Bellerive Park is 1 of 108 parks in St. Louis making up 8.67 acres of the total 2,956 acres of park land. The park overlooks the Mississippi River right at the intersection of South Broadway and Bellerive Boulevard in
Located on the far south side of St. Louis, this park has been around since 1908 and is right by the beautiful Bellerive bridge that crossed Broadway. My favorite approach to Bellerive Park is from Pennsylvania Avenue looking east toward the river.
From the St. Louis City website:
Originally known as Riverside Park, it was later renamed Bellerive Park in honor of the early French governor of Saint Louis. It was purchased as a terminus for Bellerive Boulevard and to provide a scenic viewpoint for a fine riverscape vista. (source)
There is a crescent drive that is accessible from Broadway, leads up to the grand pavilion and then to the bridge crossing over Broadway.
Fourth Generation Ford Thunderbird (1964-1966) parked in the crescent drive
The pavilion sits atop the bluff and overlooks the river.
There are plenty of benches to sit and watch the coal and grain barges find their way down the river.
Now I'd be lying if I didn't say this place is a popular meeting place for all male trysts. It's a weird thing that has taken place here for a longtime and most locals know it and stay away for that reason.
That's not to say you won't see decent people there too. Usually at the playground with kids.
Carondelet, not unlike the Hill takes incredible pride in its history, maybe like no other St. Louis neighborhood. There are 2 signs commemorating the fact that you are in the former city of Carondelet.
Some recent grading and run off remediation has been done in the park, including new curbs, rain swales and new trees planted along the higher ground to anchor the soil where erosion used to occur.
Now, if I had my druthers, I would leave the section of the park pictured above (the southern part) as-is, meaning mowed around the playgrounds, pavilion and Carondelet sign. I would also keep the areas in front (east) of the benches mowed as not to obscure the views of the river.
The pavilion could be landscaped with low rise natives such as purple coneflower, black-eyed susan, sweet spire or other like plantings to define the space around the park's centerpiece.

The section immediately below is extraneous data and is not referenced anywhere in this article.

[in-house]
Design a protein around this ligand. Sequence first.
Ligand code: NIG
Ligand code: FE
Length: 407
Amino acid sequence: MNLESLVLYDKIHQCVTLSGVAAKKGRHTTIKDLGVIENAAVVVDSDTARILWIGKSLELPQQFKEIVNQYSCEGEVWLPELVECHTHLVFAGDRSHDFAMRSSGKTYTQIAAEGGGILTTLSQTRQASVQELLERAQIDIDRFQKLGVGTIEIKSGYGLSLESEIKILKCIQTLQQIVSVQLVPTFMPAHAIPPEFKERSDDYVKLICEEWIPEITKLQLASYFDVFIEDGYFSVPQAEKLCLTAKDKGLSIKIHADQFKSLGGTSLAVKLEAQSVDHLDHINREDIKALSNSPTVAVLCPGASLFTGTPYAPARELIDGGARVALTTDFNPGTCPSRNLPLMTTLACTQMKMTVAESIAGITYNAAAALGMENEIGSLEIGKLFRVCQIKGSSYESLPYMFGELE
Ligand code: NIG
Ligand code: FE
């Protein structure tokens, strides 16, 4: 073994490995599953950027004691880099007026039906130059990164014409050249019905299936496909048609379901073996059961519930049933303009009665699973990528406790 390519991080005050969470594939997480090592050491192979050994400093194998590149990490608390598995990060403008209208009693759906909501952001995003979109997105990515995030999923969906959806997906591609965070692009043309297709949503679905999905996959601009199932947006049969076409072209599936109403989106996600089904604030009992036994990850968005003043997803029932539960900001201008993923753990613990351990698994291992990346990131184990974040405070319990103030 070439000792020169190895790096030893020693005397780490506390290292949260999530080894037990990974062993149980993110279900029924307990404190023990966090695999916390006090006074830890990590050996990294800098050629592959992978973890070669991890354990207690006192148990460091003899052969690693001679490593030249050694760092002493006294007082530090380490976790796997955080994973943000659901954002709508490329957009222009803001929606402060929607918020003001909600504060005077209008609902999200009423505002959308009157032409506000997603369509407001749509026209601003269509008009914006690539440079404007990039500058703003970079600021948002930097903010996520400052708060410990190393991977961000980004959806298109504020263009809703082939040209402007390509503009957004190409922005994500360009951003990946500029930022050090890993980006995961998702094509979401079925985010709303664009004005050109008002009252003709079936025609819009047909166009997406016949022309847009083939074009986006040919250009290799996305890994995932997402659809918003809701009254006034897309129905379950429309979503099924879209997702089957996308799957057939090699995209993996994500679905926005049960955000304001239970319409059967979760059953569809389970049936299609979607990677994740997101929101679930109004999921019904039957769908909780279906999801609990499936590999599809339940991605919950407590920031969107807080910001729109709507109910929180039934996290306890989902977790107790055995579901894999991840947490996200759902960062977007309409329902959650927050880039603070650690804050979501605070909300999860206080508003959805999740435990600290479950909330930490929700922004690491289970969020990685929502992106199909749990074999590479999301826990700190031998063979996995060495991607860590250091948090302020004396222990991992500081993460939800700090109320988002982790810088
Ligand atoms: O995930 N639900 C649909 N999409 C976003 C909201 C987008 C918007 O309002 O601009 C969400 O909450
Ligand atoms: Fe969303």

Now, on the northern and western parts of the park I would do something that is foreign to the parks department...a natural xeriscape. Forest Park has such areas and they are incredible.
Xeriscaping and xerogardening refer to landscaping and gardening in ways that reduce or eliminate the need for supplemental water from irrigation. It is promoted in regions that do not have easily accessible, plentiful, or reliable supplies of fresh water, and is gaining acceptance in other areas as climate patterns shift. Although xeriscaping may be an alternative to various types of traditional gardening, it is usually promoted as a substitute for Kentucky bluegrass lawns. (source)
This park COULD be a fantastic natural setting, we just need less grass/weed lawns, and more xeriscaped beauty. Not that we are at a loss for water in the region, we are just lax in recognizing the natural beauty of the Missouri and Illinois prairie and bluff landscapes along the rivers. A controlled burn, native grass and wildflower re-seeded and boom, you've got native prairie grasses from the sidewalk along Broadway climbing up the hill toward the pavilion. It would be less resources needed for the park's dept to mow and weedwack, too. And in light of the recent
, we deserve the changes in operations...an overhaul or reset of expectations if you will.
Think this kind of scene leading up to the look out points:
Bellerive Park has a beautiful bridge, a beautiful pavilion, unmatched views of the Mississippi River and the Illinois banks. Now it needs to be complemented with natural landscape and some simple enforcement/signage to get rid of the creepy older dudes hanging out in their cars year after year after year.